HealthMay 01, 2015

Matching into ophthalmology: A “how to,” part 2

In part 1 of Matching into ophthalmology we covered the credentials and scores that you need to get into an ophthalmology residency. What follows is anecdotal information/advice. But having gone through the application and match process, I think it holds merit because there were some definite patterns I saw.


Confession. I didn’t have any research experience. Actually, I guess I kind of did. But it was not related to ophthalmology. And it didn’t result in any publications. Would I have liked more research on my CV? Of course! Did not having research hurt me? Nope. I matched very high on my rank list. I know other applicants who had little to no ophthalmology research and they did fine. You just need to be able to communicate that you are interested in research (another discussion on its own, stay tuned). Bottom line, I would not stress if you don’t have research. There are other components that are probably much more important.

Letters of recommendation

Now this can be a bad game-changer. Having bad letters is a major red flag. Good letters do help, but not as much as bad letters hurt. I will say that I had multiple people comment positively about my letters, but I honestly don’t think it had a significant impact on my match outcome.

Away rotations

These are mostly good if you are interested in a residency at said away-program. The other benefit is it shows your enthusiasm for the field of ophthalmology. Keep in mind that scheduling can be a complete pain in the neck. I ended up doing two different 4-week aways, and I don’t think they measurably impacted my outcome. Indirectly, they helped a little more than normal because two of my letters came from one of my aways.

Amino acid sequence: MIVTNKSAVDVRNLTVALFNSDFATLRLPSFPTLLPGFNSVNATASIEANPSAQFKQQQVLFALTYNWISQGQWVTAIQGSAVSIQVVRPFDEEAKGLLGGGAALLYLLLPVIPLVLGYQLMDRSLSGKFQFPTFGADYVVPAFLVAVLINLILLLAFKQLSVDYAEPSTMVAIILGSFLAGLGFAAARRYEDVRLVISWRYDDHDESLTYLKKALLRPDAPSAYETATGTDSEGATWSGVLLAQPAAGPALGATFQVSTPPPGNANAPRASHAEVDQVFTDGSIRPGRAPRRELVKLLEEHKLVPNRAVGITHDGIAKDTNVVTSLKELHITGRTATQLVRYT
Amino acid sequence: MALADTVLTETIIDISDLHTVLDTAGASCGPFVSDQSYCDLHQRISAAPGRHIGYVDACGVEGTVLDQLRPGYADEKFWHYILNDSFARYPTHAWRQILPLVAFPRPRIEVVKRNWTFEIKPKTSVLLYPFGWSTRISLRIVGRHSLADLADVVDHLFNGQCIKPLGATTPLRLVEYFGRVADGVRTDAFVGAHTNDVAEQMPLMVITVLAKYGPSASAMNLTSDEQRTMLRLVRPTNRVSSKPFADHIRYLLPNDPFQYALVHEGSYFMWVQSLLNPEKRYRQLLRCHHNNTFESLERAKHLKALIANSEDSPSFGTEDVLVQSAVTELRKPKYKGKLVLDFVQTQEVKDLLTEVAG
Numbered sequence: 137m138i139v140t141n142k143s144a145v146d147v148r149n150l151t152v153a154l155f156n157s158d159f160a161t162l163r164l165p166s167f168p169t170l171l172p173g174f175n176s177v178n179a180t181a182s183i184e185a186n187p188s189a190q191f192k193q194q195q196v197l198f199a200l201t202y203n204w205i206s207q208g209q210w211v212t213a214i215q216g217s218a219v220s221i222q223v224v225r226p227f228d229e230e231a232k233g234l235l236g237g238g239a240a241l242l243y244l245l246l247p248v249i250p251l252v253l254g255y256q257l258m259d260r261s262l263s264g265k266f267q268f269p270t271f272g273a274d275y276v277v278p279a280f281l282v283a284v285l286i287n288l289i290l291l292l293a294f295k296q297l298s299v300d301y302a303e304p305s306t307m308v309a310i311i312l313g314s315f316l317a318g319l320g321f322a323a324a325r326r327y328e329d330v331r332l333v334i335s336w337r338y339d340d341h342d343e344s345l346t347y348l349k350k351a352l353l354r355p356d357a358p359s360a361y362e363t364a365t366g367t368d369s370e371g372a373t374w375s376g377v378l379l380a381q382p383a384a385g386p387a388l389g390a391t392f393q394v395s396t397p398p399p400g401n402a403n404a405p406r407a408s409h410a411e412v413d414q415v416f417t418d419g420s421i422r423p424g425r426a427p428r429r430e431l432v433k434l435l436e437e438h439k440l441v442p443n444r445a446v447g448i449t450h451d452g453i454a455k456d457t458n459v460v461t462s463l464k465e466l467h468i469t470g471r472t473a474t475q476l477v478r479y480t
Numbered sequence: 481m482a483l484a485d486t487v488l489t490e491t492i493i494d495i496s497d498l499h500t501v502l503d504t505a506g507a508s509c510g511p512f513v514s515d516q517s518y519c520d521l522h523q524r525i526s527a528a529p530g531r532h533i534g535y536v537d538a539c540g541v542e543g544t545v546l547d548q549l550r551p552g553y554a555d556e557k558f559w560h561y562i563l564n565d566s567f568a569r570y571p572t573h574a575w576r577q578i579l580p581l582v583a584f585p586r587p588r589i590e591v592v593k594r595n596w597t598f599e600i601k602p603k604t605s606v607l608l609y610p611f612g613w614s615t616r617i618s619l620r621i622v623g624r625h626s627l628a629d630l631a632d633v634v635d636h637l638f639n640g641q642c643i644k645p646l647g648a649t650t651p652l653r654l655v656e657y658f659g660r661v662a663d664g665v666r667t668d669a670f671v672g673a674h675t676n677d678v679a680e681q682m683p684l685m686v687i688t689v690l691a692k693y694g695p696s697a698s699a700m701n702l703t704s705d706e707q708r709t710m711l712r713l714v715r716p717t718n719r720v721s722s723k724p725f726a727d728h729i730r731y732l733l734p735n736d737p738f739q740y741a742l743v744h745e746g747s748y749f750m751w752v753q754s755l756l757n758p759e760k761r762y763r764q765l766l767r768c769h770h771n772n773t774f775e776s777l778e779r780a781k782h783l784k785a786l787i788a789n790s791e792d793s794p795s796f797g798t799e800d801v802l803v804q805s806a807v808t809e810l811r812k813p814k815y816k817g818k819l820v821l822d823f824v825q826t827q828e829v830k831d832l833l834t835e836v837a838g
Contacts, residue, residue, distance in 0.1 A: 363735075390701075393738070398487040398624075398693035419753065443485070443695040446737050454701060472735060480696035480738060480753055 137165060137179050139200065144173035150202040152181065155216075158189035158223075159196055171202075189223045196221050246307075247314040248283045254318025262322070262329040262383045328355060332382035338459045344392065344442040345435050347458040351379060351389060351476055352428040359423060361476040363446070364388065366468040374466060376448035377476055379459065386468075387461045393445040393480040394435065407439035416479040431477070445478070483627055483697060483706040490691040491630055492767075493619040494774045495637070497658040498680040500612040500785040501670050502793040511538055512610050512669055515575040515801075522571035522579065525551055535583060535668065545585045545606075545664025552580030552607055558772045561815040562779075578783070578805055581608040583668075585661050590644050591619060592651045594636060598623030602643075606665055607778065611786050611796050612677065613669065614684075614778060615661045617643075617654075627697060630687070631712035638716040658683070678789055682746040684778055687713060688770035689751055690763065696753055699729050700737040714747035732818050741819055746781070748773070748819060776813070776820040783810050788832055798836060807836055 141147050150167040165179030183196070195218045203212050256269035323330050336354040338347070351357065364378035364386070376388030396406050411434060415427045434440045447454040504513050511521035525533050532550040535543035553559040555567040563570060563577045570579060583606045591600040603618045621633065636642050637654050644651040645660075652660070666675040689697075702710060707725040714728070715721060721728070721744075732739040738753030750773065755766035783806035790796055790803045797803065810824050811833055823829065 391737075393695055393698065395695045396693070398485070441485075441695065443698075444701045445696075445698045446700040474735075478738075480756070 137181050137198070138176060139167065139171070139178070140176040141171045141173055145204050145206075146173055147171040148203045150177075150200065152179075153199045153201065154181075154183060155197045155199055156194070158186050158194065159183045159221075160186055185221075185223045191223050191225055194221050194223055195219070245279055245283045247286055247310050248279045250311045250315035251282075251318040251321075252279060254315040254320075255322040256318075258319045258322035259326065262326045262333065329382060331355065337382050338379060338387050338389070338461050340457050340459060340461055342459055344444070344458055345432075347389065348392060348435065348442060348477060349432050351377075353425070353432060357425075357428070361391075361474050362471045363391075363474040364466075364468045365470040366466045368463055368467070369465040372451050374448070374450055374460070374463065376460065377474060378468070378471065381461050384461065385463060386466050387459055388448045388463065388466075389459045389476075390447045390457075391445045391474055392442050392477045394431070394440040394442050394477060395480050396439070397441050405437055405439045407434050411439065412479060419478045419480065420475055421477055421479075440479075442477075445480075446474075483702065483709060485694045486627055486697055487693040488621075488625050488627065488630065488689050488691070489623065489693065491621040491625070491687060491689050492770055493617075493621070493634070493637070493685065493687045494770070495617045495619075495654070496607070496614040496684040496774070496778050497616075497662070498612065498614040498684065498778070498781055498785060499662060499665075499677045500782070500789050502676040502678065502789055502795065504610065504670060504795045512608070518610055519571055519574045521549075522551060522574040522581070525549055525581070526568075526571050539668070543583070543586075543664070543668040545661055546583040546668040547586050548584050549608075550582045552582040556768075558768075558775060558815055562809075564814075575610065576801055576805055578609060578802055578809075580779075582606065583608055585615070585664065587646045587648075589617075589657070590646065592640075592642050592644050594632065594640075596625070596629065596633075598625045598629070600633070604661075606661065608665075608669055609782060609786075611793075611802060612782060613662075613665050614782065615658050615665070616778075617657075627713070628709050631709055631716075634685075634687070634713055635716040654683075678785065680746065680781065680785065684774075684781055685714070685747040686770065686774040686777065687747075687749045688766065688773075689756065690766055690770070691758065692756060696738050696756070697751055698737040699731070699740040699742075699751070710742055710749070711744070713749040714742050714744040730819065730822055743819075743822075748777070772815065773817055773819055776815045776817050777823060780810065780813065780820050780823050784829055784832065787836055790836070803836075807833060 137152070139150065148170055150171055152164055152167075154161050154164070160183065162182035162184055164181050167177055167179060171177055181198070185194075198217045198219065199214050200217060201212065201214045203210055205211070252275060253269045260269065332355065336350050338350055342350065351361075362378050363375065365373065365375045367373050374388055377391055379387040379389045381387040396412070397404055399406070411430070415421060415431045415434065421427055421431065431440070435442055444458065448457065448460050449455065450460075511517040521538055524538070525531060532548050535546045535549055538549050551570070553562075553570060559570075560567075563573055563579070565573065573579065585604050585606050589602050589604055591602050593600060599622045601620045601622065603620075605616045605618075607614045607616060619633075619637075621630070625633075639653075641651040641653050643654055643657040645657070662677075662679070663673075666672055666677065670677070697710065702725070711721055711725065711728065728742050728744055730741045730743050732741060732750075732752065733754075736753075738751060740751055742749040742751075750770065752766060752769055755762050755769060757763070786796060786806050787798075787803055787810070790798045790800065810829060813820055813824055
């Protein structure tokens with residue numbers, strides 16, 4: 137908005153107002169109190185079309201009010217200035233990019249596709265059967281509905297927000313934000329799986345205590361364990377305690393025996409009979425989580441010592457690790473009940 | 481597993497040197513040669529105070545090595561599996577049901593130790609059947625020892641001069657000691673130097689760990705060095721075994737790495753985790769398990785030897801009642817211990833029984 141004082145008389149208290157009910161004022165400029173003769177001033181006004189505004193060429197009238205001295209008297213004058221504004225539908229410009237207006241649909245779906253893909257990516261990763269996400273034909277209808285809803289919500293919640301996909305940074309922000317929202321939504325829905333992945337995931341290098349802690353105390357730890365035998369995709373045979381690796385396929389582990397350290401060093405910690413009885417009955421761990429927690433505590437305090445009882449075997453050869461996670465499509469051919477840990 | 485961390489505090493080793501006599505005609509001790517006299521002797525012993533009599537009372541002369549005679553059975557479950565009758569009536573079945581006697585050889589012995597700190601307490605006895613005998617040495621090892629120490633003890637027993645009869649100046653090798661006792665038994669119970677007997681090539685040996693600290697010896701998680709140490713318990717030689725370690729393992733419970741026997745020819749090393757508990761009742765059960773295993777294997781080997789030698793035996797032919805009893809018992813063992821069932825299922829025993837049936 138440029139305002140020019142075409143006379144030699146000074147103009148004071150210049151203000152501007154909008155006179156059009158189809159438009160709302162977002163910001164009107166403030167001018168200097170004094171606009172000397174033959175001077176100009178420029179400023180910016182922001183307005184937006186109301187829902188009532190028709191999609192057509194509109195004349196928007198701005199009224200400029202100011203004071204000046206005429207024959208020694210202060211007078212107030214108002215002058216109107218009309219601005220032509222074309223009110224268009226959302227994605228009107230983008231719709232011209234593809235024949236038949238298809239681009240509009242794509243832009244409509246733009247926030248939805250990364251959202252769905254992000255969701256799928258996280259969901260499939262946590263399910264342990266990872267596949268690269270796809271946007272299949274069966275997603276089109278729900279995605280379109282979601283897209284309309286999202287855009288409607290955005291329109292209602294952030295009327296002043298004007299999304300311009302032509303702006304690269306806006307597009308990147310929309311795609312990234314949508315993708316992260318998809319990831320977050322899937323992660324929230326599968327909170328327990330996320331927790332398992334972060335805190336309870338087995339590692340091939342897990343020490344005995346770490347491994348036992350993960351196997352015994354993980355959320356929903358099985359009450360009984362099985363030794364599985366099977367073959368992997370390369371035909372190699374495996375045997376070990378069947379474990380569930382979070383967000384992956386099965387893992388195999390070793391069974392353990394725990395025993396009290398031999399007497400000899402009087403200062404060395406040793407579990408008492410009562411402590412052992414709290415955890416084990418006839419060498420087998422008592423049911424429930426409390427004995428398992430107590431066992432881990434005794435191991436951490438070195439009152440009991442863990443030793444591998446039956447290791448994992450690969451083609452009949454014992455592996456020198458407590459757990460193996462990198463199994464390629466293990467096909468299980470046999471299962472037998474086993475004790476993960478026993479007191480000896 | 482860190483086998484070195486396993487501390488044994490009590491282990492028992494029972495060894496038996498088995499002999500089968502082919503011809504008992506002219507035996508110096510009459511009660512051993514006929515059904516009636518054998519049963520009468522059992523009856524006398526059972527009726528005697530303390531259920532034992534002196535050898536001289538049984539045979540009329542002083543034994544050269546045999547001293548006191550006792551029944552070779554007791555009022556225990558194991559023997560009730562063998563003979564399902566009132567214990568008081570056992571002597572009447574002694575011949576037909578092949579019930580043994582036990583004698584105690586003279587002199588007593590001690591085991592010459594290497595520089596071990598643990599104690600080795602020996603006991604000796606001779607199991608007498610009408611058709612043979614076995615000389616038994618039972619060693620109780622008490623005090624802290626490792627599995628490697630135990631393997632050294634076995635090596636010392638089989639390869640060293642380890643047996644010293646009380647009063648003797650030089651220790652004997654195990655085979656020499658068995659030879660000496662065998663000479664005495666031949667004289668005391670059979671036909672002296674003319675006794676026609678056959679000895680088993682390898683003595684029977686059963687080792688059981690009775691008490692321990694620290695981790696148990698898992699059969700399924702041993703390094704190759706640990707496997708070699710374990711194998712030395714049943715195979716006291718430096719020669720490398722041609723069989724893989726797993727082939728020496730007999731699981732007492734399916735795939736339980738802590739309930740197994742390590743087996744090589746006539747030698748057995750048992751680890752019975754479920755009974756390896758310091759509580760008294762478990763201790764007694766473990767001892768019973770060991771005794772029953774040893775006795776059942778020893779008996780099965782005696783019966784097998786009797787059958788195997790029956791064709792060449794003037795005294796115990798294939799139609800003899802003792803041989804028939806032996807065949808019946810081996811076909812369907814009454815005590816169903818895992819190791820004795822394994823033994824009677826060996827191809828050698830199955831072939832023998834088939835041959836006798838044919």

Interview performance

This might be the most important factor for residency selection and matching. Once you’ve been given an interview, programs just want to know what kind of a person you are. It’s hard to be yourself when you’re wearing a suit, you flew 10 hours with 2 layovers the day before, and you have had fast food for 50% of your meals over the past few weeks. But rule number 1 is don’t try to be someone you’re not! If you’re super talkative, great! If you’re not, don’t worry! It’s much easier to be yourself than to try and be someone else. And while you may worry that your personality isn’t as likeable as that of someone else, there are faculty and practicing ophthalmologists that probably are very similar to you.

Well, now what?

As you read the above, you may feel calmer. Or, you may be a little anxious. If you’re like most medical students, you’re anxious no matter how amazing you are. We tend to focus on our weaknesses and compare them to others’ strengths.

But remember that there is a range. Take Step 1. The average for all matched applicants was 243. I guarantee that some programs have a higher average. But that means that some programs have a lower average as well. Some programs really value research, others may not.

If you are still nervous, talk to your advisors. Talk to classmates. Talk to ophthalmology residents. Let them know what your situation is and ask for advice. Then, focus on the things you can change. If you’ve already taken board exams, you can’t change that. But maybe you can do a one-month research elective. If you’re worried about your interview performance, look up tips for doing better.


A personalized, digital tutoring experience brought to you by Lippincott.

We put together content and resources written by experts—specifically, medical students who scored high on their own exams and have experience-based insights—and provide it to students in MD, PA, and DO programs to unclog exam prep and curb Stage 4 panic.